Use this URL to cite or link to this record in EThOS:
Title: Talking with strangers : towards a Christian, postmodern, academic model for biblical interpretation
Author: Latham, Roger Allonby
ISNI:       0000 0001 3605 4084
Awarding Body: University of Nottingham
Current Institution: University of Nottingham
Date of Award: 2006
Availability of Full Text:
Access from EThOS:
Access from Institution:
Postmodernism in Biblical Studies is characterised by proliferation of methodological and ideological interpretive perspectives, emphasis upon the ethics of interpretation and awareness of the role of interpretive communities. Following Stephen E. Fowl, the underlying motives of interpreters can be understood when approaches are analysed in terms of interpretive interests. The work of David J. A. Clines, J. Cheryl Exum and Stephen D. Moore reveals a strong de-confessional motive and a desire to exclude confessional concerns from academic interpretation. This position is ideologically driven and, in terms of liberal academic values, self-contradictory. The difficulties posed for Christian interpretation by the postmodern context are evident in the narrative criticism of Mark Allan Powell and R. Alan Culpepper, where unresolved conflict of theological, methodological and political interests threatens the coherence of the approach. Recent work by Powell addresses postmodern concerns, but fails adequately to engage theoretical and theological issues. A postmodern understanding of the Bible as Christian scripture which affirms both the validity and legitimacy of multiple interpretive perspectives and a pneumatological understanding of the Bible as the Word of God can be framed using the work of Kevin J. Vanhoozer, Stephen E. Fowl, Roman Jakobson and Daniel Patte. Socio-pragmatic objections to the legitimacy and validity of Christian interpretation beyond the faith community can be resisted by asserting a dialogical relationship between the Bible, the church and the wider academic community, and by following Francis Watson’s argument that the church’s discourse is derived from that of the wider society in which it exists. Christian interpretation will seek to engage constructively with other interpretive approaches. A Christian ethics of interpretation characterised by openness, humility, repentance and forgiveness offers a positive contribution to the culture of postmodern academic interpretation. Jesus’ encounter with the Syrophoenician woman in Mark 7 offers a paradigm for such interpretive practice.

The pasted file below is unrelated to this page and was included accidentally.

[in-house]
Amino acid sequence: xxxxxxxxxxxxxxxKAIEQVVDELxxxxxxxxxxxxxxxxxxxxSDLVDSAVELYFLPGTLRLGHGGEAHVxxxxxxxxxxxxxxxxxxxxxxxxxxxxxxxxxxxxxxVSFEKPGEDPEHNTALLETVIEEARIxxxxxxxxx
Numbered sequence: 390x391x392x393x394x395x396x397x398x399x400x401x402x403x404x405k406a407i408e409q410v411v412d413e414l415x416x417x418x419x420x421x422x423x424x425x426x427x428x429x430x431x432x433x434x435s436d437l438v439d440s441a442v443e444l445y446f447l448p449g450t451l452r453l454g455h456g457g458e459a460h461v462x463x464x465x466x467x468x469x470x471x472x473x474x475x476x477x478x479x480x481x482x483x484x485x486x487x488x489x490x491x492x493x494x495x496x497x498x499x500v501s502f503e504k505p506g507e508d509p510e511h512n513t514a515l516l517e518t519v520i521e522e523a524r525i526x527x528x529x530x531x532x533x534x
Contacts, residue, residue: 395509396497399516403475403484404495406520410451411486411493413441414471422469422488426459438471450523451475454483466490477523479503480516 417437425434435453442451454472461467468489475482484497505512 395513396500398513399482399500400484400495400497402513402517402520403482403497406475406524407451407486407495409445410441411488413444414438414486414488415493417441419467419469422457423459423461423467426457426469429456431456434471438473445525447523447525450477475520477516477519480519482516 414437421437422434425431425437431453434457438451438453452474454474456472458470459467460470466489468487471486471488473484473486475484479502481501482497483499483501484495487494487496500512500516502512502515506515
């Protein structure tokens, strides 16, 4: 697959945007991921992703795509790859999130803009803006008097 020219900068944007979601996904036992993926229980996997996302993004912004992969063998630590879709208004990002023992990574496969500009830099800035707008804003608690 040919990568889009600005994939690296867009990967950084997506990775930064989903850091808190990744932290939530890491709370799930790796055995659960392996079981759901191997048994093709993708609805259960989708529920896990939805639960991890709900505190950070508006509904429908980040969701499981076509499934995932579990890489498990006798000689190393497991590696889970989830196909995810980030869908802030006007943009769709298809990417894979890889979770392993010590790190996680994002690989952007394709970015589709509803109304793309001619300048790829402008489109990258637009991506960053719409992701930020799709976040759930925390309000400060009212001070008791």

Supervisor: Not available Sponsor: Not available
Qualification Name: Thesis (Ph.D.) Qualification Level: Doctoral
EThOS ID:  DOI: Not available
Keywords: BS The Bible